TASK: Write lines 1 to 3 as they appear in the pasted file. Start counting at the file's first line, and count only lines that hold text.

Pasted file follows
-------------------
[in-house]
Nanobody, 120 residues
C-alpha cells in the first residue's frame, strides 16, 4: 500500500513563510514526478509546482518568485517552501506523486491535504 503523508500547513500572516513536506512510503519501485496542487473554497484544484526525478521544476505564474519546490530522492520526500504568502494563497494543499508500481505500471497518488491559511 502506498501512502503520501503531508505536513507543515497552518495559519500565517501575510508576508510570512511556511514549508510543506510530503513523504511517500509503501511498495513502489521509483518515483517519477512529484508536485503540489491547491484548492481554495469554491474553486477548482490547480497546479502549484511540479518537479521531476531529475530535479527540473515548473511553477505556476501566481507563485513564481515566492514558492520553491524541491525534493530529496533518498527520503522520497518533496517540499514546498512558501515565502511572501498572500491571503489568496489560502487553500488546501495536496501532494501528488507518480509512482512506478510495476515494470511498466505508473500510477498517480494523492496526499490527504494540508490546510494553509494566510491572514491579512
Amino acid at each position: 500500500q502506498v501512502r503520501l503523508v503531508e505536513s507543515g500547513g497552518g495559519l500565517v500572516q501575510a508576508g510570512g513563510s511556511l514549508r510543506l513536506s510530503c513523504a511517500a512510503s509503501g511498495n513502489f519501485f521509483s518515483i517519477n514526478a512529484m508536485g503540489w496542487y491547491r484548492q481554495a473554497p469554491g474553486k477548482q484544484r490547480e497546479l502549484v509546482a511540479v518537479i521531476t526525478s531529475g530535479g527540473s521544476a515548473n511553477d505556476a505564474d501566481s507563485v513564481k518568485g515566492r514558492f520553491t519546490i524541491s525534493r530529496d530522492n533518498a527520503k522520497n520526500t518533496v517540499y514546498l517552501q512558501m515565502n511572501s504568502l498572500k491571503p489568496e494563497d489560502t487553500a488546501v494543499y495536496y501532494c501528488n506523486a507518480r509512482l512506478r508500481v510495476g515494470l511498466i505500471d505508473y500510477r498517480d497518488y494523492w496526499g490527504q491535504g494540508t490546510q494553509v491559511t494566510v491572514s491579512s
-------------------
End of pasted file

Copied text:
[in-house]
Nanobody, 120 residues
C-alpha cells in the first residue's frame, strides 16, 4: 500500500513563510514526478509546482518568485517552501506523486491535504 503523508500547513500572516513536506512510503519501485496542487473554497484544484526525478521544476505564474519546490530522492520526500504568502494563497494543499508500481505500471497518488491559511 502506498501512502503520501503531508505536513507543515497552518495559519500565517501575510508576508510570512511556511514549508510543506510530503513523504511517500509503501511498495513502489521509483518515483517519477512529484508536485503540489491547491484548492481554495469554491474553486477548482490547480497546479502549484511540479518537479521531476531529475530535479527540473515548473511553477505556476501566481507563485513564481515566492514558492520553491524541491525534493530529496533518498527520503522520497518533496517540499514546498512558501515565502511572501498572500491571503489568496489560502487553500488546501495536496501532494501528488507518480509512482512506478510495476515494470511498466505508473500510477498517480494523492496526499490527504494540508490546510494553509494566510491572514491579512